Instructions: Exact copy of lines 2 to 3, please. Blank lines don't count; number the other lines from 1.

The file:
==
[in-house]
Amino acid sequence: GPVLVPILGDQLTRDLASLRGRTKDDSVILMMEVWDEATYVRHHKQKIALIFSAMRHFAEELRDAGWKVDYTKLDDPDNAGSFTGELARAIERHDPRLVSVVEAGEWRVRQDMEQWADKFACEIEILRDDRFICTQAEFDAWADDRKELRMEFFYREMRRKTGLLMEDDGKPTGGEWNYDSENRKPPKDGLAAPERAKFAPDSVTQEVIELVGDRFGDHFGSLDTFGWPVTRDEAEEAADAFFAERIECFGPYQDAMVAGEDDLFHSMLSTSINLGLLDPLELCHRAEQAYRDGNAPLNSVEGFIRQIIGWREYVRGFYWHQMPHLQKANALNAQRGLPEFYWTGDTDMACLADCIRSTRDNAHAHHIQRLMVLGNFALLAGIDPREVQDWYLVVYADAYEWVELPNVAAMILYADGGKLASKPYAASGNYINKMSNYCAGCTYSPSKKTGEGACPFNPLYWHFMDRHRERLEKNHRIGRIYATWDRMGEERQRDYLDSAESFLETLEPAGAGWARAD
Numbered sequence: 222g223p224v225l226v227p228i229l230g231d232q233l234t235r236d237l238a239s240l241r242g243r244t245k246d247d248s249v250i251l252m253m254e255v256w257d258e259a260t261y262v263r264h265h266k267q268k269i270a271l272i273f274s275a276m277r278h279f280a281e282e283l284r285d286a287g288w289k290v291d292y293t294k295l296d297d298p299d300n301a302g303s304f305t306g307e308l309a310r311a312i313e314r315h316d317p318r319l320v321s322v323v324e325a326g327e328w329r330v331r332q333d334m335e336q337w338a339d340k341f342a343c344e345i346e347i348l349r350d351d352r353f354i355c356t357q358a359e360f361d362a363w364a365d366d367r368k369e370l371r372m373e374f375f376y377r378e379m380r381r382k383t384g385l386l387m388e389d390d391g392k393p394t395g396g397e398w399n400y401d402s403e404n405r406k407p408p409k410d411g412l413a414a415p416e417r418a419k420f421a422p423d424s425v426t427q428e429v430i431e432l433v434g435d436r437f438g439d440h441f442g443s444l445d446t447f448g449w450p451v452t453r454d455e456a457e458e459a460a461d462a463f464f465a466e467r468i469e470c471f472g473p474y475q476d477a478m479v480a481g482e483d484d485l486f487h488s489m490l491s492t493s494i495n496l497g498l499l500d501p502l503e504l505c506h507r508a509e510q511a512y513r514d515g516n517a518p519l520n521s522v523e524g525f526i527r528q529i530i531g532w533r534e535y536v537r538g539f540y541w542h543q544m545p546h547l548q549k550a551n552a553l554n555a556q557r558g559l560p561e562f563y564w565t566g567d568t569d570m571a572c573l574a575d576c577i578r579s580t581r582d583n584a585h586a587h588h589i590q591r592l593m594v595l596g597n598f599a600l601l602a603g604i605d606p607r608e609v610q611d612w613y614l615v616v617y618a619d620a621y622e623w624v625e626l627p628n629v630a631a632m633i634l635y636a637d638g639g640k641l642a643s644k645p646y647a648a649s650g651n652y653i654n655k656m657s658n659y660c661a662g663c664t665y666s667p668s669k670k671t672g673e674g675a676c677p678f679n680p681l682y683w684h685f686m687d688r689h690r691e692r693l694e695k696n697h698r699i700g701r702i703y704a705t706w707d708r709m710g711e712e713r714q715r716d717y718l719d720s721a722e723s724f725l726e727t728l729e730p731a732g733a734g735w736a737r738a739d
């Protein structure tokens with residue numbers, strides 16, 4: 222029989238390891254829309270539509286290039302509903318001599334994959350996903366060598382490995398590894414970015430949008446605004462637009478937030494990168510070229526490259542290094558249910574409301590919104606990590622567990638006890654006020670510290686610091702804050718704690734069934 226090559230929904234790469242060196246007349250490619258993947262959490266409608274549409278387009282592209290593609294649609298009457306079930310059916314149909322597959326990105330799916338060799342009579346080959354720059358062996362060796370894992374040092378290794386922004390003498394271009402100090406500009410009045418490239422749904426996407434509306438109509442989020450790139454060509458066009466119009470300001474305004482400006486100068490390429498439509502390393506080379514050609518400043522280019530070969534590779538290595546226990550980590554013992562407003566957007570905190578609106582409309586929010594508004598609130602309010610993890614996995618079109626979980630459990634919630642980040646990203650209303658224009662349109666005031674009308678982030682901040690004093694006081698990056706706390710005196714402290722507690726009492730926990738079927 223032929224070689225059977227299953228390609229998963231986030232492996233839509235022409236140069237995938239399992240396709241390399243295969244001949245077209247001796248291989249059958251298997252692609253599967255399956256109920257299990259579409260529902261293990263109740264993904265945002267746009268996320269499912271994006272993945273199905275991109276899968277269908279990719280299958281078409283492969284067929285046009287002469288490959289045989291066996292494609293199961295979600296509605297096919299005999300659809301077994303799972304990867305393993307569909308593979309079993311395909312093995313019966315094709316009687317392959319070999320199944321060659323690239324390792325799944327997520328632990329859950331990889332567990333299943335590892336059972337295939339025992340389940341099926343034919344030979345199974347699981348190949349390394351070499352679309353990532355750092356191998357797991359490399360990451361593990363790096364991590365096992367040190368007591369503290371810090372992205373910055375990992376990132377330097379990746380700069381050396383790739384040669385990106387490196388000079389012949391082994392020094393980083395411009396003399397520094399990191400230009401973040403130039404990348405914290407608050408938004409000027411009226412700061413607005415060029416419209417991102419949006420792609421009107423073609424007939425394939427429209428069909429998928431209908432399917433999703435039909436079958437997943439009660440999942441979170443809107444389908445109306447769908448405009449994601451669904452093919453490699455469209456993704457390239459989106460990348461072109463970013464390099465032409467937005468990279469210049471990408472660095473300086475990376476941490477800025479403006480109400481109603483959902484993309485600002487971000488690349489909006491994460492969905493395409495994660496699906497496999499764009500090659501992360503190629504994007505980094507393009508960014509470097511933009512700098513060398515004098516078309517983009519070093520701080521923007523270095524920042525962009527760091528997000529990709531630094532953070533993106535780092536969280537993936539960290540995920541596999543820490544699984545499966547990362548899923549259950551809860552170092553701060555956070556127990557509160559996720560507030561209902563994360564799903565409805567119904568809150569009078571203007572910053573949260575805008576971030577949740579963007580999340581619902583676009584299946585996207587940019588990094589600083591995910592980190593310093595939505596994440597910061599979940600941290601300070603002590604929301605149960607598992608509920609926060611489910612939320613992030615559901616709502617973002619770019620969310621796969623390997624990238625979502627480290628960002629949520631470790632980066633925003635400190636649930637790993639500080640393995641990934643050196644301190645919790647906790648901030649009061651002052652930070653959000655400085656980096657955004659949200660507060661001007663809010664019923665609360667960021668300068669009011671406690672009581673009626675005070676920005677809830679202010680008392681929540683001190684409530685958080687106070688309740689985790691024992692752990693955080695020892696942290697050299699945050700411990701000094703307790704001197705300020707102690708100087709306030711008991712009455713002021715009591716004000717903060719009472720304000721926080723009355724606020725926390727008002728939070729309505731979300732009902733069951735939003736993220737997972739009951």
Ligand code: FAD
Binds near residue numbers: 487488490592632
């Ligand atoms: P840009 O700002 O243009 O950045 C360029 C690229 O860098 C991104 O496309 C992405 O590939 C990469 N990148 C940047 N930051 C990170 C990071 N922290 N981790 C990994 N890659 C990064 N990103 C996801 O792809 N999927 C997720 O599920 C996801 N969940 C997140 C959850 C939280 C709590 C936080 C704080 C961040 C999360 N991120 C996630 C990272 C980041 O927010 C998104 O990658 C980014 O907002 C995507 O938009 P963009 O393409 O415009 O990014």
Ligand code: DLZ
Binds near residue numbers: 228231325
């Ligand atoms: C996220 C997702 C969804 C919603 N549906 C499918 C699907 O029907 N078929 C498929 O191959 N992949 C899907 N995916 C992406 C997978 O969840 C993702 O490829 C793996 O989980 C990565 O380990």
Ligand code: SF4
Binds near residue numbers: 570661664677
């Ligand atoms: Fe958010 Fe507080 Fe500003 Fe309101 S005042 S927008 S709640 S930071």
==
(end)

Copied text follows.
Amino acid sequence: GPVLVPILGDQLTRDLASLRGRTKDDSVILMMEVWDEATYVRHHKQKIALIFSAMRHFAEELRDAGWKVDYTKLDDPDNAGSFTGELARAIERHDPRLVSVVEAGEWRVRQDMEQWADKFACEIEILRDDRFICTQAEFDAWADDRKELRMEFFYREMRRKTGLLMEDDGKPTGGEWNYDSENRKPPKDGLAAPERAKFAPDSVTQEVIELVGDRFGDHFGSLDTFGWPVTRDEAEEAADAFFAERIECFGPYQDAMVAGEDDLFHSMLSTSINLGLLDPLELCHRAEQAYRDGNAPLNSVEGFIRQIIGWREYVRGFYWHQMPHLQKANALNAQRGLPEFYWTGDTDMACLADCIRSTRDNAHAHHIQRLMVLGNFALLAGIDPREVQDWYLVVYADAYEWVELPNVAAMILYADGGKLASKPYAASGNYINKMSNYCAGCTYSPSKKTGEGACPFNPLYWHFMDRHRERLEKNHRIGRIYATWDRMGEERQRDYLDSAESFLETLEPAGAGWARAD
Numbered sequence: 222g223p224v225l226v227p228i229l230g231d232q233l234t235r236d237l238a239s240l241r242g243r244t245k246d247d248s249v250i251l252m253m254e255v256w257d258e259a260t261y262v263r264h265h266k267q268k269i270a271l272i273f274s275a276m277r278h279f280a281e282e283l284r285d286a287g288w289k290v291d292y293t294k295l296d297d298p299d300n301a302g303s304f305t306g307e308l309a310r311a312i313e314r315h316d317p318r319l320v321s322v323v324e325a326g327e328w329r330v331r332q333d334m335e336q337w338a339d340k341f342a343c344e345i346e347i348l349r350d351d352r353f354i355c356t357q358a359e360f361d362a363w364a365d366d367r368k369e370l371r372m373e374f375f376y377r378e379m380r381r382k383t384g385l386l387m388e389d390d391g392k393p394t395g396g397e398w399n400y401d402s403e404n405r406k407p408p409k410d411g412l413a414a415p416e417r418a419k420f421a422p423d424s425v426t427q428e429v430i431e432l433v434g435d436r437f438g439d440h441f442g443s444l445d446t447f448g449w450p451v452t453r454d455e456a457e458e459a460a461d462a463f464f465a466e467r468i469e470c471f472g473p474y475q476d477a478m479v480a481g482e483d484d485l486f487h488s489m490l491s492t493s494i495n496l497g498l499l500d501p502l503e504l505c506h507r508a509e510q511a512y513r514d515g516n517a518p519l520n521s522v523e524g525f526i527r528q529i530i531g532w533r534e535y536v537r538g539f540y541w542h543q544m545p546h547l548q549k550a551n552a553l554n555a556q557r558g559l560p561e562f563y564w565t566g567d568t569d570m571a572c573l574a575d576c577i578r579s580t581r582d583n584a585h586a587h588h589i590q591r592l593m594v595l596g597n598f599a600l601l602a603g604i605d606p607r608e609v610q611d612w613y614l615v616v617y618a619d620a621y622e623w624v625e626l627p628n629v630a631a632m633i634l635y636a637d638g639g640k641l642a643s644k645p646y647a648a649s650g651n652y653i654n655k656m657s658n659y660c661a662g663c664t665y666s667p668s669k670k671t672g673e674g675a676c677p678f679n680p681l682y683w684h685f686m687d688r689h690r691e692r693l694e695k696n697h698r699i700g701r702i703y704a705t706w707d708r709m710g711e712e713r714q715r716d717y718l719d720s721a722e723s724f725l726e727t728l729e730p731a732g733a734g735w736a737r738a739d